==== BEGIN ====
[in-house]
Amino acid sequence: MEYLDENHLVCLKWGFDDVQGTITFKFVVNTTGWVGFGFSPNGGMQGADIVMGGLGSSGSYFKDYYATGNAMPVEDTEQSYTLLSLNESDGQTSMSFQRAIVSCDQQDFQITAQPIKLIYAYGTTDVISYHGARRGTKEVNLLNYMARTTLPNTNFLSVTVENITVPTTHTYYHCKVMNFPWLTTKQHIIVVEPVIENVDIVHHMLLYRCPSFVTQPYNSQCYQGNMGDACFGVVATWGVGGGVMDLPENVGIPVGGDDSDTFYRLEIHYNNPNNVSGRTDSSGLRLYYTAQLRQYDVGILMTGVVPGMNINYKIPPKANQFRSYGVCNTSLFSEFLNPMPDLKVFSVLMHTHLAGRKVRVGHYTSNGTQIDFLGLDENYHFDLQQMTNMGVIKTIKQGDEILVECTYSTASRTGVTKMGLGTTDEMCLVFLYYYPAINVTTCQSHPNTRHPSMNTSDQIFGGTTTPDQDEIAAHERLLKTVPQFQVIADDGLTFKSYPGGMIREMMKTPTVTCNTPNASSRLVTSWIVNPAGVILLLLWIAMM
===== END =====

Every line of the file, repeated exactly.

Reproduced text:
[in-house]
Amino acid sequence: MEYLDENHLVCLKWGFDDVQGTITFKFVVNTTGWVGFGFSPNGGMQGADIVMGGLGSSGSYFKDYYATGNAMPVEDTEQSYTLLSLNESDGQTSMSFQRAIVSCDQQDFQITAQPIKLIYAYGTTDVISYHGARRGTKEVNLLNYMARTTLPNTNFLSVTVENITVPTTHTYYHCKVMNFPWLTTKQHIIVVEPVIENVDIVHHMLLYRCPSFVTQPYNSQCYQGNMGDACFGVVATWGVGGGVMDLPENVGIPVGGDDSDTFYRLEIHYNNPNNVSGRTDSSGLRLYYTAQLRQYDVGILMTGVVPGMNINYKIPPKANQFRSYGVCNTSLFSEFLNPMPDLKVFSVLMHTHLAGRKVRVGHYTSNGTQIDFLGLDENYHFDLQQMTNMGVIKTIKQGDEILVECTYSTASRTGVTKMGLGTTDEMCLVFLYYYPAINVTTCQSHPNTRHPSMNTSDQIFGGTTTPDQDEIAAHERLLKTVPQFQVIADDGLTFKSYPGGMIREMMKTPTVTCNTPNASSRLVTSWIVNPAGVILLLLWIAMM